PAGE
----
Both pilots andmechanicsshouldkeep abreastof technicalinformation relatedto the aircraft’s fuel. or polish.useof carburetor heatandeachof the aircraft’s systemsdesign. aircraft) accountfor over 5 1%of all enginepower-lossaccidents.andmanufacturer’stechnicalpublications. Eachyear the accidentrecordsshow a high numberof accidentsthat were causedby pilots runningout of fuel. A numberof enginepower loss accidentswere causedby the pilot who was unableto move the seizedfuel tank selectorhandle from the empty tank to the full one. Thesemechanicalproblemsareusuallycausedby a worn or galledfuel selectorvalve. (2) Checkeachfuel tank drain for operation. For goodflight planningthe pilot shouldincludeat leastthe following information in his or her pre-flight checklist.overheat. A largenumberof enginepower lossaccidentscould havebeenavoidedif the pilot took the time to plan the flight andperformed a goodpreflight. Lack Of Pilot Training.andoverspeedoperations. (3) The useof the aircraft’s checklistduring normal and emergencyoperationsis stressed. Page2 Par4 . (4) Recurrenttraining is a continuingprocess. (4) Ensurethat the fuel selectorworks as advertised. (2) The pilot adheresto all manufacturer’soperatinginstructions. Also on unpressuredtanks.the fuel caphasa small vent built into it. a. wax.AC 20-105B 6/l 5198 4.or failed to lock the fuel tank selectorinto the properdetent.locations. DISCUSSION OF OPERATIONAL ENGINE FAILURES. In the early spring andsummermonths you might want to usea pipe cleanerasa probeto ensurethat insectshave not built a nestin the vent line. Mismanagementof enginecontrol system(s)by the pilot continuesto be the leadingcauseof enginefailure. replacementparts. Most of thesetypesof failuresresult from improper preflight planningor improperfuel managementprocedures. oil.andother limitations andavoidsovertemp.and fuel exhaustion(no fuel on boardthe . cannotbe usedby the engine(s))shouldnot be consideredas usablefuel when planninga flight.overboost.Pilots and operatorsshould review their aircraft’s fuel andenginesystemoperatingrequirementsto ensurethat: (1) The pilot is completelyfamiliar with both the airframe and engineoperatingmanuals. Ensurethat this vent is not coveredover with dirt. b. (1) Pilots shouldknow the total USABLE fuel on boardthe aircraft before eachflight. The UNUSABLE fuel (fuel in the tanksbut due to designof the tank.andcontrols. especiallythe chaptersconcerningfuel management.placards. airworthiness directives.enginepower settings. Inadequate Preflight Inspection.Check for water or debrisin the fuel.Fuel starvation(fuel on boardthe aircraft but not suppliedto the engine(s). Also checkthe color of the fuel to ensurethat Jet A hasnot beenmixed with Aviation gasoline(Av- kw). (3) Checkthe underwing fuel tank vents to ensurethat they are open.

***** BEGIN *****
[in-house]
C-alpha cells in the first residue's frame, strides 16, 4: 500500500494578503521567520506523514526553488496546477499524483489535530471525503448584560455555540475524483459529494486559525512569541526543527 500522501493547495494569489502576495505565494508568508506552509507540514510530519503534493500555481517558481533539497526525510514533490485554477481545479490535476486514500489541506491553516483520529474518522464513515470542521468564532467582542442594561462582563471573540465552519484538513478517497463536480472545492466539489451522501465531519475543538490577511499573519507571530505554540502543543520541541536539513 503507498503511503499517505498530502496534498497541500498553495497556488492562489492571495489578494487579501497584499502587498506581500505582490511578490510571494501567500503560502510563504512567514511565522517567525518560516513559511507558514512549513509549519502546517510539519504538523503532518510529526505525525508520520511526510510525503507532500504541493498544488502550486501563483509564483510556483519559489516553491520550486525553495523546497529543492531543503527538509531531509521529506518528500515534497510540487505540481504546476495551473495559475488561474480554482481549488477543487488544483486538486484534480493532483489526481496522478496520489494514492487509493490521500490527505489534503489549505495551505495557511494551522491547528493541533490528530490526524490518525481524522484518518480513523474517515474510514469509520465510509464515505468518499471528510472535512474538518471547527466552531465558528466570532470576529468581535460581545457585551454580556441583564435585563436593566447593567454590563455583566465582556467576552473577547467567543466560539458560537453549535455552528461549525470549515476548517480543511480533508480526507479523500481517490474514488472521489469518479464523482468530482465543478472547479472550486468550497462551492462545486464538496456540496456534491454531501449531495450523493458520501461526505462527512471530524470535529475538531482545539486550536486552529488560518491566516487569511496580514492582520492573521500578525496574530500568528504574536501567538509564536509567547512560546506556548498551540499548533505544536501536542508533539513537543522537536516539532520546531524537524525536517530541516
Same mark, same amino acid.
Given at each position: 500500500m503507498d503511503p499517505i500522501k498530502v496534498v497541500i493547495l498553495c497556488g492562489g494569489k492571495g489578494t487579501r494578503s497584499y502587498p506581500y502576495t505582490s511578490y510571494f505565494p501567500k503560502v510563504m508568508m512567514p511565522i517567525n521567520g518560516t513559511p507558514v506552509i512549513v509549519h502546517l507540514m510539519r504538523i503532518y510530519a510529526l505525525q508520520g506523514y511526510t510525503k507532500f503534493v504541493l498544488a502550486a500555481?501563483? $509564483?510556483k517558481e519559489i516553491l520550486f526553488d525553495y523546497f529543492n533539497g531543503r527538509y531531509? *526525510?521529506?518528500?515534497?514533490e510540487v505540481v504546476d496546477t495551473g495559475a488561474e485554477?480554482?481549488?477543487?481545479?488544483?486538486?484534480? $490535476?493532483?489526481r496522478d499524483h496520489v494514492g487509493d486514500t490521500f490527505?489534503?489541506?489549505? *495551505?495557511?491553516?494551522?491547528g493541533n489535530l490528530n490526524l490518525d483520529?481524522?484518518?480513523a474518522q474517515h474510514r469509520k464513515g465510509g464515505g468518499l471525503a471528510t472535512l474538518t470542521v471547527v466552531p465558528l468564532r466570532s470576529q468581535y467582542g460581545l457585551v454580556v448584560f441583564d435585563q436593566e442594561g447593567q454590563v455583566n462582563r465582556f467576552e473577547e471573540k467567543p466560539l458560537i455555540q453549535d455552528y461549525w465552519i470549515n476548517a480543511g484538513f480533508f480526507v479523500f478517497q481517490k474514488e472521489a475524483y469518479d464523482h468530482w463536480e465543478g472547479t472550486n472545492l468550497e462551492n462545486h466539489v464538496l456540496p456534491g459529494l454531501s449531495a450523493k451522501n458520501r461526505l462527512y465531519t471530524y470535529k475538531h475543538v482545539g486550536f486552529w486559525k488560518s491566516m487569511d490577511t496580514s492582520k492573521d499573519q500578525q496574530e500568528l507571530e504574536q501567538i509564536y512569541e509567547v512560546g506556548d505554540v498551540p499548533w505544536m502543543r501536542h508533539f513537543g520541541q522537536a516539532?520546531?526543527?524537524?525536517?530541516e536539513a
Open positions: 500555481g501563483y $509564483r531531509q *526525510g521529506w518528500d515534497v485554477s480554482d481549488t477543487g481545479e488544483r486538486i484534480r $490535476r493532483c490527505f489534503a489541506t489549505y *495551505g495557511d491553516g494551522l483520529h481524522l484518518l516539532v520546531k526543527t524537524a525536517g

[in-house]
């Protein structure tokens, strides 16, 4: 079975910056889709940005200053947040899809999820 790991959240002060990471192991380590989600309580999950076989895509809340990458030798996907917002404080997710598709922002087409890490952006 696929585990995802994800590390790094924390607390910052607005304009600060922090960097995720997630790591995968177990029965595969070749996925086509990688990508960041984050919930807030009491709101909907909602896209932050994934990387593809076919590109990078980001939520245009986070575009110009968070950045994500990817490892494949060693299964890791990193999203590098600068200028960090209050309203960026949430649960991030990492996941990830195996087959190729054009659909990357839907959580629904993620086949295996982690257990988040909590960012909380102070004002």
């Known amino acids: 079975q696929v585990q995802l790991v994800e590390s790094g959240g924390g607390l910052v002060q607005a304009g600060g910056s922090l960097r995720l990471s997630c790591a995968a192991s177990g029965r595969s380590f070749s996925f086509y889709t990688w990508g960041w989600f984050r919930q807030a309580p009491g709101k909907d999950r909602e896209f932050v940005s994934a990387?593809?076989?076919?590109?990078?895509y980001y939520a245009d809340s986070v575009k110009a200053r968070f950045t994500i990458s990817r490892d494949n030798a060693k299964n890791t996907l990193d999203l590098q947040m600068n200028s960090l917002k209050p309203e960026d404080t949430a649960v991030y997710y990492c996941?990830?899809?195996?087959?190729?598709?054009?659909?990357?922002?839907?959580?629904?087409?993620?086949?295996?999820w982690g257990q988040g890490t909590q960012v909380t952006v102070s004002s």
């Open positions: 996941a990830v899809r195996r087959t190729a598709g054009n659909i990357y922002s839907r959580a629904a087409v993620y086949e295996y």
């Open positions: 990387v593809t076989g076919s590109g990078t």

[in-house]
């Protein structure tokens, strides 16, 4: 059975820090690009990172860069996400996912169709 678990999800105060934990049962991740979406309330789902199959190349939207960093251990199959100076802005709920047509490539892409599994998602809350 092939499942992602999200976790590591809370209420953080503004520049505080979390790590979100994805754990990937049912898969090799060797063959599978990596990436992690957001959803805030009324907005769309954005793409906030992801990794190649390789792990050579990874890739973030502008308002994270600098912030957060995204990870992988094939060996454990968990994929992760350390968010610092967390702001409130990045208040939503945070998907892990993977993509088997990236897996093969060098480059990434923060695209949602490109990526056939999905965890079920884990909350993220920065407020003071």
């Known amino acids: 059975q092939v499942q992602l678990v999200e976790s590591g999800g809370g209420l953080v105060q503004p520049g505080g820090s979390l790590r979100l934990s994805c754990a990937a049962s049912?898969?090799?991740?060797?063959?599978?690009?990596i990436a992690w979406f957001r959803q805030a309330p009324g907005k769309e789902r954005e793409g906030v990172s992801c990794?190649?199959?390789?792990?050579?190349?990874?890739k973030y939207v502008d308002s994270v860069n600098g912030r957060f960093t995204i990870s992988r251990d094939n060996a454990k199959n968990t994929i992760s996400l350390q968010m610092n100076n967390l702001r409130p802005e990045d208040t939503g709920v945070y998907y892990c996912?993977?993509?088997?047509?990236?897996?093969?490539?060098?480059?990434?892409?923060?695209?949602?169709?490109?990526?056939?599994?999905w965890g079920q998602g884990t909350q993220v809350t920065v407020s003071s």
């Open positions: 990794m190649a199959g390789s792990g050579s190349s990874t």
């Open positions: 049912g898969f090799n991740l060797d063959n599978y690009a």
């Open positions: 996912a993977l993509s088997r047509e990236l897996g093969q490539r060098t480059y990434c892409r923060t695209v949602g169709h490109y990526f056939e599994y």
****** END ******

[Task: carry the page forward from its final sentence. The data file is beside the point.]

or lack of adequateinspectionsor dispensingprocedures aregenerallythe causalfactors. In an aircraft.At leastoncea month. scored. c. (2) The secondway water gainsaccessto the fuel systemis throughthe fuel filler caps. Many high performancegeneral aviationaircraft haveflush mountedfuel capsthat haveat leasttwo “0” rings.the primary fuel suppliermay be the sourceof the problem. To preventdispensingcontaminatedfuel.or the reductionprocess in which the moisture in warm air is reducedinto liquid water. and other debriscan be found by inspectingthe low areas/sumps of each(empty andproperly purged)fuel tank with an explosionproof flashlight. andby inspectingthe fuel systemfillers andcarburetor/injectorin-line filter screenfor solid particulatecontamination. If a worn or galledfuel selectoris suspected. Becauseof the design. asneeded.the fuel. effectively preventingan enginefire from beingfed from the aircraft fuel tanks. Do not forget to monitor the fuel pump pressure. This phenomenonis exactly what causeswindows in a warm houseto “sweat” during the winter months. Rememberto allow sufficient time (3 to 4 minutes)for eachcheckasthe carburetor/fuelinjector lineshold fuel from the previousselectedtank. Fuel Contamination. (1) Water contaminationcontinuesto be a major causeof fuel relatedaccidents.water will find a way into the tank.solid and water. Therearetwo basickinds of fuel contamination.or deformedfiller necks. Rain water or snow runoff entry into the fuel systemis madeeasierif the fuel filler capshave crackedor nicked“0” rings. fixed baseoperators . This potentialhazardcan be avoidedby an aggressivefiller neck/capinspectionand“0” ring replacementschedule. filters. water separators. Thefirst is condensation.There arethree ways water canenter a fuel system. or poor maintenanceof the fuel truck/fuel farm. This check is very importantbecausein caseof an enginefire. 6/l S/98 AC 20-105B To preventfuel selectorfailure prior to taxi.the fuel cap lock sits in a well in the centerof the fuel cap. checkthatme fuel selector’sfuel shut off positionto ensureit will stopthe fuel flow to the engine. When a temperaturedifferenceoccurs betweenthe walls of the fuel tank andthe air in the tank. both in the storagetanks andtrucks arecheckedat Par4 Page3 . The effects of condensationcanbe reducedby keepingthe fuel tanks full while the aircraft is parked. the fuel dispensing equipmentis functional and clean. exercisethe selectorvalve by switching tanksand ensuringthat there is fuel flow from eachselectedtank to the engine(s). The well providesa catch basinfor water runoff. The second“0” ring is frequentlyoverlookedby both mechanicsand pilots and is locatedin the centerof the capand sealsthe fuel cap lock assembly. (3) The third way water can entera fuel systemis when it is refueled. condensationcanhappeninsidea lessthan full fuel tank. Carelessfuel dispensingpracticessuchasrefueling when it is raining. the fuel shut off valve will stop fuel flow on the cabinsideof the fire wall. The most visible “0” ring is the oneon the circumferenceof the fuel cap that providesthe sealbetweenthe cap andthe filler neck wall. Rememberit will take a few minutesat low RPM settingfor the engineto drain the fuel from the fuel lines/carburetor/fuelinjector and causethe engineto quit.suchas sand. If solid particle contaminationcontinuesto occur on a frequent basics.havea mechaniclubricateor replacethe valve. Solidcontaminates. water dropletswill form on the inside top part of the fuel tank walls anddrain down into the fuel. (FBO) shouldensurethat their fuel handlingpersonnelare adequatelytrained.rust. If the smaller“0” ring is defective.